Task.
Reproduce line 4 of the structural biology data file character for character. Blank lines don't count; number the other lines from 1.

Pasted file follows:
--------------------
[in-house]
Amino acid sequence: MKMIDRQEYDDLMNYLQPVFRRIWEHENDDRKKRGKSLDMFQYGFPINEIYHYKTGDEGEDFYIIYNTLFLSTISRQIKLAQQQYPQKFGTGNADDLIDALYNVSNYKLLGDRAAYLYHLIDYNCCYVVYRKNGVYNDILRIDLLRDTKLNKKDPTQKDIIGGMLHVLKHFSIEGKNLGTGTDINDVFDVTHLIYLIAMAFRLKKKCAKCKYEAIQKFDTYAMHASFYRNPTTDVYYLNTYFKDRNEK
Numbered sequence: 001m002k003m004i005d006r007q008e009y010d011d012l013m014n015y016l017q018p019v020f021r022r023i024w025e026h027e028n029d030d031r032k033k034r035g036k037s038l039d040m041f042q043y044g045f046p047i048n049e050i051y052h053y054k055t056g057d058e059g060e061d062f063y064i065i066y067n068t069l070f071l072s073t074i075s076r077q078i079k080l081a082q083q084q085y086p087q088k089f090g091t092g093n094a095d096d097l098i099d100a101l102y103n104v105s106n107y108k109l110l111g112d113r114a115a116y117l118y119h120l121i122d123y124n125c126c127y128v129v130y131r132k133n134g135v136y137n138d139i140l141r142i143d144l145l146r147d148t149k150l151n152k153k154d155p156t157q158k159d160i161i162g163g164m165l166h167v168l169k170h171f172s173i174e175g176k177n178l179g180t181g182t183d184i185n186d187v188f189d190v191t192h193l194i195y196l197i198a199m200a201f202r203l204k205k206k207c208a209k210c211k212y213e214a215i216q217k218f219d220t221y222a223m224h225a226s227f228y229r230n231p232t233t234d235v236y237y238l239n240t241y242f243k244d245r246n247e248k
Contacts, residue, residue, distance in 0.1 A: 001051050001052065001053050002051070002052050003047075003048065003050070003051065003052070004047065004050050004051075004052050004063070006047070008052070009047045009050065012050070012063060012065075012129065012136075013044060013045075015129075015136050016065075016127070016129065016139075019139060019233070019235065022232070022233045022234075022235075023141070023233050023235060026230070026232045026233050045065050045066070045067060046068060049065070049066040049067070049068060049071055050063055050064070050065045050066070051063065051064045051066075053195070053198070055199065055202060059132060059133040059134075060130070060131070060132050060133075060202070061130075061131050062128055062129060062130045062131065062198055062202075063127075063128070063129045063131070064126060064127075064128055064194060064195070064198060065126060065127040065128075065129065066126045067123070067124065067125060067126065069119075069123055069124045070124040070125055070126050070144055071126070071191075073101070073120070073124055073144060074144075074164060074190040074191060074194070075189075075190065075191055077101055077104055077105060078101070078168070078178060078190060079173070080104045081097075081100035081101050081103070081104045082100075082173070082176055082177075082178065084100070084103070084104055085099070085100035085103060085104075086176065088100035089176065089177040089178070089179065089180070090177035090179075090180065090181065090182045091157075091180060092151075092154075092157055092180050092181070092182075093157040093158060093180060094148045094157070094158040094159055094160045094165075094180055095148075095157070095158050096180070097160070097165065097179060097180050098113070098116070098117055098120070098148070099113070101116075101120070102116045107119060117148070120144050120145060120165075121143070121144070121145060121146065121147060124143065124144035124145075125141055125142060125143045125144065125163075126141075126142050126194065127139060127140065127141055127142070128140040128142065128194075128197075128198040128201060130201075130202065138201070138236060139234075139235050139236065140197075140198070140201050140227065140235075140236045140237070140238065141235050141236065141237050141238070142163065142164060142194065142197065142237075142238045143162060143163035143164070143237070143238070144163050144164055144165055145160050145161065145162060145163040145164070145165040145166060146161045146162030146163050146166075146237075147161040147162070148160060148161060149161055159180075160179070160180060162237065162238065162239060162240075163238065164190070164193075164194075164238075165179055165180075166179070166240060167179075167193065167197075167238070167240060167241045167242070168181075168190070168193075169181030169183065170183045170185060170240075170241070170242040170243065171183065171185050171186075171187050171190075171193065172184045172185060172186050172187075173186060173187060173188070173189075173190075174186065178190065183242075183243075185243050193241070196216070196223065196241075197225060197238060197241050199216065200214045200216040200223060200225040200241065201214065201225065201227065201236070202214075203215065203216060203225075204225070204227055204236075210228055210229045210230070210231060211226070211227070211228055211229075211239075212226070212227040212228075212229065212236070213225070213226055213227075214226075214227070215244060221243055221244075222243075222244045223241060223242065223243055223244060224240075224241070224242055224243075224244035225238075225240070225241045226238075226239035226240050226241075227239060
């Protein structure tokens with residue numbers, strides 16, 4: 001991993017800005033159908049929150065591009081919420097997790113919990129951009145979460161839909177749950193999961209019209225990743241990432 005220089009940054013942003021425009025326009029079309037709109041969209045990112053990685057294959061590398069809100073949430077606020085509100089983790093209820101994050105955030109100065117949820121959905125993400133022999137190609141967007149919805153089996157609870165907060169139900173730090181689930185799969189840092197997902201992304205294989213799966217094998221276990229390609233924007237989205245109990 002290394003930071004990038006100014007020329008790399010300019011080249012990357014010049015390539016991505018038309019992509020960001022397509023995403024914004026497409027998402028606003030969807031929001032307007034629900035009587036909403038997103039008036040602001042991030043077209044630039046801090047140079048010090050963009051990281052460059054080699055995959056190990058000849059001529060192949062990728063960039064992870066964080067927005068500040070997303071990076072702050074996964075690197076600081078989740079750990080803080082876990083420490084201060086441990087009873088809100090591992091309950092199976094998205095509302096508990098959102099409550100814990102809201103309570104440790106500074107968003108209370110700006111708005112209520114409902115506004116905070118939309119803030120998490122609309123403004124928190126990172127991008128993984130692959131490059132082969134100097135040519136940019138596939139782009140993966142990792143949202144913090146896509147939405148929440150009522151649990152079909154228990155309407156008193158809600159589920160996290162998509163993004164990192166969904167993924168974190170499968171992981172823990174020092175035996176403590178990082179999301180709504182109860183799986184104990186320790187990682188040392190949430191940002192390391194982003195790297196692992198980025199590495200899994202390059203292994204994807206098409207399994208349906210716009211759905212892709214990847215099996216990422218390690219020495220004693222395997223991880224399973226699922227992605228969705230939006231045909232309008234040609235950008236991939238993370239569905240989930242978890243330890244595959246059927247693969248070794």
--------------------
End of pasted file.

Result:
Contacts, residue, residue, distance in 0.1 A: 001051050001052065001053050002051070002052050003047075003048065003050070003051065003052070004047065004050050004051075004052050004063070006047070008052070009047045009050065012050070012063060012065075012129065012136075013044060013045075015129075015136050016065075016127070016129065016139075019139060019233070019235065022232070022233045022234075022235075023141070023233050023235060026230070026232045026233050045065050045066070045067060046068060049065070049066040049067070049068060049071055050063055050064070050065045050066070051063065051064045051066075053195070053198070055199065055202060059132060059133040059134075060130070060131070060132050060133075060202070061130075061131050062128055062129060062130045062131065062198055062202075063127075063128070063129045063131070064126060064127075064128055064194060064195070064198060065126060065127040065128075065129065066126045067123070067124065067125060067126065069119075069123055069124045070124040070125055070126050070144055071126070071191075073101070073120070073124055073144060074144075074164060074190040074191060074194070075189075075190065075191055077101055077104055077105060078101070078168070078178060078190060079173070080104045081097075081100035081101050081103070081104045082100075082173070082176055082177075082178065084100070084103070084104055085099070085100035085103060085104075086176065088100035089176065089177040089178070089179065089180070090177035090179075090180065090181065090182045091157075091180060092151075092154075092157055092180050092181070092182075093157040093158060093180060094148045094157070094158040094159055094160045094165075094180055095148075095157070095158050096180070097160070097165065097179060097180050098113070098116070098117055098120070098148070099113070101116075101120070102116045107119060117148070120144050120145060120165075121143070121144070121145060121146065121147060124143065124144035124145075125141055125142060125143045125144065125163075126141075126142050126194065127139060127140065127141055127142070128140040128142065128194075128197075128198040128201060130201075130202065138201070138236060139234075139235050139236065140197075140198070140201050140227065140235075140236045140237070140238065141235050141236065141237050141238070142163065142164060142194065142197065142237075142238045143162060143163035143164070143237070143238070144163050144164055144165055145160050145161065145162060145163040145164070145165040145166060146161045146162030146163050146166075146237075147161040147162070148160060148161060149161055159180075160179070160180060162237065162238065162239060162240075163238065164190070164193075164194075164238075165179055165180075166179070166240060167179075167193065167197075167238070167240060167241045167242070168181075168190070168193075169181030169183065170183045170185060170240075170241070170242040170243065171183065171185050171186075171187050171190075171193065172184045172185060172186050172187075173186060173187060173188070173189075173190075174186065178190065183242075183243075185243050193241070196216070196223065196241075197225060197238060197241050199216065200214045200216040200223060200225040200241065201214065201225065201227065201236070202214075203215065203216060203225075204225070204227055204236075210228055210229045210230070210231060211226070211227070211228055211229075211239075212226070212227040212228075212229065212236070213225070213226055213227075214226075214227070215244060221243055221244075222243075222244045223241060223242065223243055223244060224240075224241070224242055224243075224244035225238075225240070225241045226238075226239035226240050226241075227239060